A seminar is a small group of people (usually less than 20) who meet to discuss together a particular subject. It is, first and foremost, a conversation among people who share a common interest in expanding their understanding of idea, a book, a painting, or some other specific topic.

The seminar session has a number of specific purposes. First, it is designed to create a situation where the participants share their views about something very specific, so that everyone's understanding of that focus is expanded, improved, and deepened. Second, a seminar seeks to promote the skills of conversation, a complex set of habits and attitudes which, in large part, determine our abilities to deal with others in a group setting. And finally a seminar tries to foster an ongoing discussion which will continue outside the classroom (in the cafeteria, over dinner, in the pub).

In the setting of an educational institution, the rationale for seminar-style learning rests on the well-known fact that students learn far more from talking and listening to each other than they do from listening passively to a lecturer. And, more importantly, they remember what they learn in a seminar far better than they do with lectures. In addition, the seminar seeks to enrich the student's social experiences at the institution, to make sure people have the best opportunity for forming friendships of various kinds and for discovering others with whom they can carry on meaningful conversations (and not just about school work).

Successful seminars, however, do not just happen. Because of the complex nature of the social interactions, those participating have to work to create and sustain a conversational setting in which, individually and collectively, the aims of the seminar are realized as fully as possible. This demand requires from each of the participants a continuing commitment to making the enterprise work.

 

The Ground Rules for a Seminar

 

While a seminar, like a conversation, is in many respects a good deal more relaxed and free-wheeling than, say, a lecture, it does nevertheless have some unwritten rules. Participants need to be aware of these in order to understand the procedures and responsibilities of all seminar participants.

1. The seminar is, above all, a gathering of equals. That means that everyone has an equal right to be heard and an equal responsibility for keeping the seminar working properly. While the seminar will normally have a leader, usually the instructor (although she may delegate the position), that leader is one among equals. The leader's duties usually involve getting the seminar started, occasional prompting, if necessary, and winding things up at the end. Beyond that, however, the leader has no particular duty greater than anyone else's for keeping the conversation going in a useful manner. Hence, if you are experiencing some problems in the seminar, the first question to consider is this: What can you, as an equal member of the group, do to help remedy the situation?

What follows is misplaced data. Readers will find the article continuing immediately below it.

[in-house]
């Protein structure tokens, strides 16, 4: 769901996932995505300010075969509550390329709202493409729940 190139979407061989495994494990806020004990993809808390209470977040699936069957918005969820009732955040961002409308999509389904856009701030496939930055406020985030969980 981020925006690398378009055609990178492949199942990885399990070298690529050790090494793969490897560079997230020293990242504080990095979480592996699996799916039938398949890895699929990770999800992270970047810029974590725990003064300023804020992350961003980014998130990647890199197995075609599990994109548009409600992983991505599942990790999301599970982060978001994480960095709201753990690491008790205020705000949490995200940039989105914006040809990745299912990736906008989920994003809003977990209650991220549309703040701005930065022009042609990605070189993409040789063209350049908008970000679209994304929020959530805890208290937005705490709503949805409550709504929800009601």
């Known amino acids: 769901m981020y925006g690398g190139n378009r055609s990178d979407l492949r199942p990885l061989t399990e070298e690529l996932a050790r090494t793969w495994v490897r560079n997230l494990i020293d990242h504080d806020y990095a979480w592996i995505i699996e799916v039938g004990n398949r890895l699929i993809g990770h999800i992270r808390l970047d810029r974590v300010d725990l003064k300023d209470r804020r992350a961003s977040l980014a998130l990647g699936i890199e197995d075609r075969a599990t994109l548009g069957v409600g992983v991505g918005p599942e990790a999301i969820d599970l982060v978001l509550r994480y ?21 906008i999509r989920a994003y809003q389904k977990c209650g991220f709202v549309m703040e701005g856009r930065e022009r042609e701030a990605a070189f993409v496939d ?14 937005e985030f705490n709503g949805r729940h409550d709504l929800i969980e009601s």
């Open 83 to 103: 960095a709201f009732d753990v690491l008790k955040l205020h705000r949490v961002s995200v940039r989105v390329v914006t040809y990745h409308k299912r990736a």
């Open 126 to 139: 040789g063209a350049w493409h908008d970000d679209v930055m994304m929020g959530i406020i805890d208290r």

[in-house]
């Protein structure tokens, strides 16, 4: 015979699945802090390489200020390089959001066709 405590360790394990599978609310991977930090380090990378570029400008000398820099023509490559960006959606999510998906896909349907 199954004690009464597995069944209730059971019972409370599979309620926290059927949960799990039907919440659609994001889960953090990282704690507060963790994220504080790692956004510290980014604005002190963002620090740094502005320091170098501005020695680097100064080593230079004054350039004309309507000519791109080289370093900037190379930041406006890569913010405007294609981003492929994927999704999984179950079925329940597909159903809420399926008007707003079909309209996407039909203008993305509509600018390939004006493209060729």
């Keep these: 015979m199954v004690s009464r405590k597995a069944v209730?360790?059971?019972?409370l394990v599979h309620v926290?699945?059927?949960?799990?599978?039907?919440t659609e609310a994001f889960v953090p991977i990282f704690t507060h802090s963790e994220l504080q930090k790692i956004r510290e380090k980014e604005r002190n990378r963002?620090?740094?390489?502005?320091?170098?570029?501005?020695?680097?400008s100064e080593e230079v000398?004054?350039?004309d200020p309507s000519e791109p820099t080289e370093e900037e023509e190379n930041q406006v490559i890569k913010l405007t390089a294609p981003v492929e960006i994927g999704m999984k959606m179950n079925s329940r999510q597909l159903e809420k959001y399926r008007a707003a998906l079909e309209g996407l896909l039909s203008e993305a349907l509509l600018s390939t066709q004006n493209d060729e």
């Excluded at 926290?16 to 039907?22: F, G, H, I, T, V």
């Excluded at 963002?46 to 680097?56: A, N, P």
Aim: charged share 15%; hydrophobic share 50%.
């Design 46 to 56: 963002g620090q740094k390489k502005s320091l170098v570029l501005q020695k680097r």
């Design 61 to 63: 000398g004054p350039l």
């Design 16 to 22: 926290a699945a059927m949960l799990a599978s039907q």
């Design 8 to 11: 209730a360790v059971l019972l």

2. Seminars should be informal, but also polite. That is, people's views should be treated with respect (which does not mean that they cannot be challenged), and the normal courtesies of polite conversation should be observed. If there is a breach of such politeness, each member of the group has the responsibility for pointing it out and helping to remedy it. It is important to remember that courtesy is not just a matter of verbal niceties. One's courtesy also manifests itself in one's tone, bodily posture, and particular activities while someone else is speaking, so that things like slouching, sitting away from the table, eating, knitting, yawning, and so on can affect the discussion for the worse.

3. A seminar conversation involves everyone at the table. Therefore, remarks are directed to all participants, not just to the leader of the seminar or to any other person in particular.

4. While seminars have no predetermined structure, they usually have a very specific focus (a text, a particular part of a text, a single issue). Hence, the business of the seminar is to stay on that focus. Digressions are not unusual (and sometimes useful), but often they need to be controlled and, if necessary, ended, so that the attention of the participants may direct itself once again onto the specific focus (e.g., a particular part of the text under discussion). Here again, all participants have an equal responsibility for dealing with any problems of this sort.

 

How to Be a Good Seminar Participant

 

Participating well in seminars is not easy. Most students require a good deal of practice in order to improve significantly. The following points should help you to focus your attention on some things directly relevant to good seminar participation.